#### Abstract

Noether symmetries provide conservation laws that are admitted by Lagrangians representing physical systems. For partial differential equation possessing Lagrangians these symmetries are obtained by the invariance of the corresponding action integral. In this paper we provide a systematic procedure for determining Noether symmetries and conserved vectors for a Lagrangian constructed from a Lorentzian metric of interest in mathematical physics. For completeness, we give Lie point symmetries and conservation laws admitted by the wave equation on this Lorentzian metric.

#### 1. Introduction

A vast amount of work is available on analyzing differential equations (DEs) through their Lie point symmetries. These symmetries are important in that they play pivotal role in solving nonlinear differential equations. Apart from Lie point symmetries, there are other interesting symmetries that are associated with differential equations which possess Lagrangians. These symmetries are called Noether symmetries and describe physical features of DEs in terms of conservation laws they admit. The connection between symmetry and conservation laws has been inherent in mathematical physics since Emmy Noether published her classical work linking the two [1]. Noether proved that for every infinitesimal transformation admitted by the action integral of a Lagrangian system, there exists a conservation law [1]. The relationship between symmetries and conservation laws in the absence of a Lagrangian is detailed in [2, 3] and references therein. Extending some of the earlier work, Bokhari et al. [4, 5] investigated Noether symmetries for the actions of certain line elements associated with the Lagrangian of some Lorentzian metrics of signature 2. More recently, extending the work in [4, 5], new results are obtained for existence of conserved quantities for spaces of different curvatures [6]. In the present study, we revisit the work in [6] and investigate Noether symmetries of the Euler Lagrange equations of a Lorentzian metric, known as the Milne Model [7] whose metric is given by The Milne metric represents an empty universe and is of interest in special relativity. Our reason to choose this metric for the present study is that whereas it is zero curvature, it illustrates some features that have been associated with the expanding universe implicit in special relativity. The plan of the paper is as follows.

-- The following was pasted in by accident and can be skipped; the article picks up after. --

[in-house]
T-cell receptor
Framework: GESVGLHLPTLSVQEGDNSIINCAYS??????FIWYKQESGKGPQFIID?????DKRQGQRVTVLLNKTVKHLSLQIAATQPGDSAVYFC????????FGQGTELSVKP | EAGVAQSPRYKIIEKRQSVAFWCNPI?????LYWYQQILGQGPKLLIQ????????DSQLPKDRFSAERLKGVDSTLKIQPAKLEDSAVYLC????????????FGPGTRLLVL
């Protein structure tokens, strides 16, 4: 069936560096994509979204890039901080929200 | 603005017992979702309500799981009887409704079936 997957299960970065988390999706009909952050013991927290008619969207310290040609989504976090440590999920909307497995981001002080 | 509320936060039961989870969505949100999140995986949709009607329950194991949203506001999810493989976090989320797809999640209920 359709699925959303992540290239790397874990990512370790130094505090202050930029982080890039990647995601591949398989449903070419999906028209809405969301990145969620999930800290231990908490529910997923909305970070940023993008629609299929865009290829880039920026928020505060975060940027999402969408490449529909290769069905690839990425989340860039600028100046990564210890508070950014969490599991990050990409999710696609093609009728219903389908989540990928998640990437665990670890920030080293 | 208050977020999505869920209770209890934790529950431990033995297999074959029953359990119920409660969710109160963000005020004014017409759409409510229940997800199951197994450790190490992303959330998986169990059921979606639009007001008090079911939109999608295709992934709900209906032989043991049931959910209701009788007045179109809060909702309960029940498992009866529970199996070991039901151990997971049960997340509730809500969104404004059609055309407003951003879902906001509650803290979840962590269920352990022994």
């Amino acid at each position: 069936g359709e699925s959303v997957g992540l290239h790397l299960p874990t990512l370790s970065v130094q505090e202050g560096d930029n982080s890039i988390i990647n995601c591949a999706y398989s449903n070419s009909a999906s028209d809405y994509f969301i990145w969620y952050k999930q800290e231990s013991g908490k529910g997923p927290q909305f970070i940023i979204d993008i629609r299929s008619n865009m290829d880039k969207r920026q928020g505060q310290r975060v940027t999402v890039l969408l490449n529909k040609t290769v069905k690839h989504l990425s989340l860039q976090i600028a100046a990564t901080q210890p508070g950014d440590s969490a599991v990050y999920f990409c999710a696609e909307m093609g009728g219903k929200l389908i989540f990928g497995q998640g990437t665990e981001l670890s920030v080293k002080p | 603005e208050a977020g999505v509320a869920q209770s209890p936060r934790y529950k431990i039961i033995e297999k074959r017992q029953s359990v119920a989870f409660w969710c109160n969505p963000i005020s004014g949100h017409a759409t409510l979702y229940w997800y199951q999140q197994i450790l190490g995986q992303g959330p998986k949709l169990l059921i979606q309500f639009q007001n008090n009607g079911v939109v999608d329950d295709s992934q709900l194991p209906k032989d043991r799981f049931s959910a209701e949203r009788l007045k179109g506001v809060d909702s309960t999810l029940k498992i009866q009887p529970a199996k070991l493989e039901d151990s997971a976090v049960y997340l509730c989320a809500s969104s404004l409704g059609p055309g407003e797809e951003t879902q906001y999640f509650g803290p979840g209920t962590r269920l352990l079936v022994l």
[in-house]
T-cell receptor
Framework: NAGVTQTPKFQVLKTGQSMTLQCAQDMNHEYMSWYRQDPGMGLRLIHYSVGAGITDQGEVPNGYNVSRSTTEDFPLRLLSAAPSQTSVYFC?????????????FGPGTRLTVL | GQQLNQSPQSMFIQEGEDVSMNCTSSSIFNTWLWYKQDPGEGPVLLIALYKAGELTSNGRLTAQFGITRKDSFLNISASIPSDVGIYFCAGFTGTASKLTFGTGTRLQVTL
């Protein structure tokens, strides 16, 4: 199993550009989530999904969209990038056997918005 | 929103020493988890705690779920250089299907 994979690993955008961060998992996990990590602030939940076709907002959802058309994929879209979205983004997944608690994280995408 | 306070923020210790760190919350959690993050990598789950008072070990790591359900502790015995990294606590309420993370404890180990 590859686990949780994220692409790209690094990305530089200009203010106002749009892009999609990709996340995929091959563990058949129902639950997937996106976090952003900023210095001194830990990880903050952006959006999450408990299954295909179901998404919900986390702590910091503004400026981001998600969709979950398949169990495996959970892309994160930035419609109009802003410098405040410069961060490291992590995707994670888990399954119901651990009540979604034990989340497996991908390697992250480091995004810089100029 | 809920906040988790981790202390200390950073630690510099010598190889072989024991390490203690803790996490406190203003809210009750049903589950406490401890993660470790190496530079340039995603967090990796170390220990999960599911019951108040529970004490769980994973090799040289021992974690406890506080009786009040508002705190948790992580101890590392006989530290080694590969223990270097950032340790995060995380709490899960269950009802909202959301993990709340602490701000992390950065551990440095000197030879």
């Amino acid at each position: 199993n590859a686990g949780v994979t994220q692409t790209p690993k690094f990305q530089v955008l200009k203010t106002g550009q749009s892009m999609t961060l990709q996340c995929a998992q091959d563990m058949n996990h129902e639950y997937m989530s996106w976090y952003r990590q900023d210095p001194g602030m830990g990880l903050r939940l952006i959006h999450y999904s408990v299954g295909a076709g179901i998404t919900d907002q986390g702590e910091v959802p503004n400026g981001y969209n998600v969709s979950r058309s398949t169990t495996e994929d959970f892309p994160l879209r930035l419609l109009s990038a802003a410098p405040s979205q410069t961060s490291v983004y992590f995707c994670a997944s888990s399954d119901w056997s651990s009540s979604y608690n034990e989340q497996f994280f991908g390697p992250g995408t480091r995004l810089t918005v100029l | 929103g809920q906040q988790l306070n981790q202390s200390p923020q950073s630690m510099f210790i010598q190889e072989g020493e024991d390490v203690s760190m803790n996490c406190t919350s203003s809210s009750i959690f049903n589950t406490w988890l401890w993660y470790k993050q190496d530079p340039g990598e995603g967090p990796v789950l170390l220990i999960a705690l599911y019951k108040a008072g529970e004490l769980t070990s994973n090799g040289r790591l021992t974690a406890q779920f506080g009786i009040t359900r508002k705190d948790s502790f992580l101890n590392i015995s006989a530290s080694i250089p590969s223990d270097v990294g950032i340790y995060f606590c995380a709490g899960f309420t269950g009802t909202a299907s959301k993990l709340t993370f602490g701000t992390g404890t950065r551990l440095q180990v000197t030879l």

In the next section we find Noether symmetries of the Lagrangian constructed from (1.1). In Section 2, we construct the wave equation for the Milne metric (1.1) and then find its Noether symmetries. In the third section, the Lie symmetries of the wave on Milne metric are compared with those of the Noether symmetries obtained from its lagrangian. For details of Noether and Lie symmetries, we refer the reader to, inter alia, [8–11].

#### 2. Invariance of the Geodesic Equations and Noether Symmetries

Geodesic equations are the Euler Lagrange equations determined from invariance of an action integral [4]. In order to find Noether symmetries admitted by the geodesic equations for the Milne metric, we write a Lagrangian, , that can be constructed by the Milne metric and given by the expression